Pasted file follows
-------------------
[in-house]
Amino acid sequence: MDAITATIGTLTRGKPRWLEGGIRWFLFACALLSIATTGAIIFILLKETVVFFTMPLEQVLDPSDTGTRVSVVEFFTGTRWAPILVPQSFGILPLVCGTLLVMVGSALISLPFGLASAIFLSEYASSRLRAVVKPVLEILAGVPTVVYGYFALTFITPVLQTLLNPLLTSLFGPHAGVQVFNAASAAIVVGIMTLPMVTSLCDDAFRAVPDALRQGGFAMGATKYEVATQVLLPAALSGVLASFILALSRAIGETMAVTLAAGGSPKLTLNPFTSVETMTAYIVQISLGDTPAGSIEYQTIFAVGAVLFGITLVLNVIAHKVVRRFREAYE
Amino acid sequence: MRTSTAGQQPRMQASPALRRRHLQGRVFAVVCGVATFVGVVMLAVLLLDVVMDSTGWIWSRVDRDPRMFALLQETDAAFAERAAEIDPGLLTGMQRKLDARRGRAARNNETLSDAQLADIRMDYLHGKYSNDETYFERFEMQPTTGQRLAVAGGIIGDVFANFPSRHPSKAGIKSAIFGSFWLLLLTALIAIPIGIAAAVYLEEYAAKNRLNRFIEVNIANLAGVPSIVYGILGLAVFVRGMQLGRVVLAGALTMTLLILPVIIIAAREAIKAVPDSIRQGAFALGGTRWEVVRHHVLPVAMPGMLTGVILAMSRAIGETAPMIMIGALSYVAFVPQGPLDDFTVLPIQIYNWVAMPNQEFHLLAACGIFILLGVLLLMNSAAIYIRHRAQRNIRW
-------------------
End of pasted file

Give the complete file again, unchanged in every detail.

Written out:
[in-house]
Amino acid sequence: MDAITATIGTLTRGKPRWLEGGIRWFLFACALLSIATTGAIIFILLKETVVFFTMPLEQVLDPSDTGTRVSVVEFFTGTRWAPILVPQSFGILPLVCGTLLVMVGSALISLPFGLASAIFLSEYASSRLRAVVKPVLEILAGVPTVVYGYFALTFITPVLQTLLNPLLTSLFGPHAGVQVFNAASAAIVVGIMTLPMVTSLCDDAFRAVPDALRQGGFAMGATKYEVATQVLLPAALSGVLASFILALSRAIGETMAVTLAAGGSPKLTLNPFTSVETMTAYIVQISLGDTPAGSIEYQTIFAVGAVLFGITLVLNVIAHKVVRRFREAYE
Amino acid sequence: MRTSTAGQQPRMQASPALRRRHLQGRVFAVVCGVATFVGVVMLAVLLLDVVMDSTGWIWSRVDRDPRMFALLQETDAAFAERAAEIDPGLLTGMQRKLDARRGRAARNNETLSDAQLADIRMDYLHGKYSNDETYFERFEMQPTTGQRLAVAGGIIGDVFANFPSRHPSKAGIKSAIFGSFWLLLLTALIAIPIGIAAAVYLEEYAAKNRLNRFIEVNIANLAGVPSIVYGILGLAVFVRGMQLGRVVLAGALTMTLLILPVIIIAAREAIKAVPDSIRQGAFALGGTRWEVVRHHVLPVAMPGMLTGVILAMSRAIGETAPMIMIGALSYVAFVPQGPLDDFTVLPIQIYNWVAMPNQEFHLLAACGIFILLGVLLLMNSAAIYIRHRAQRNIRW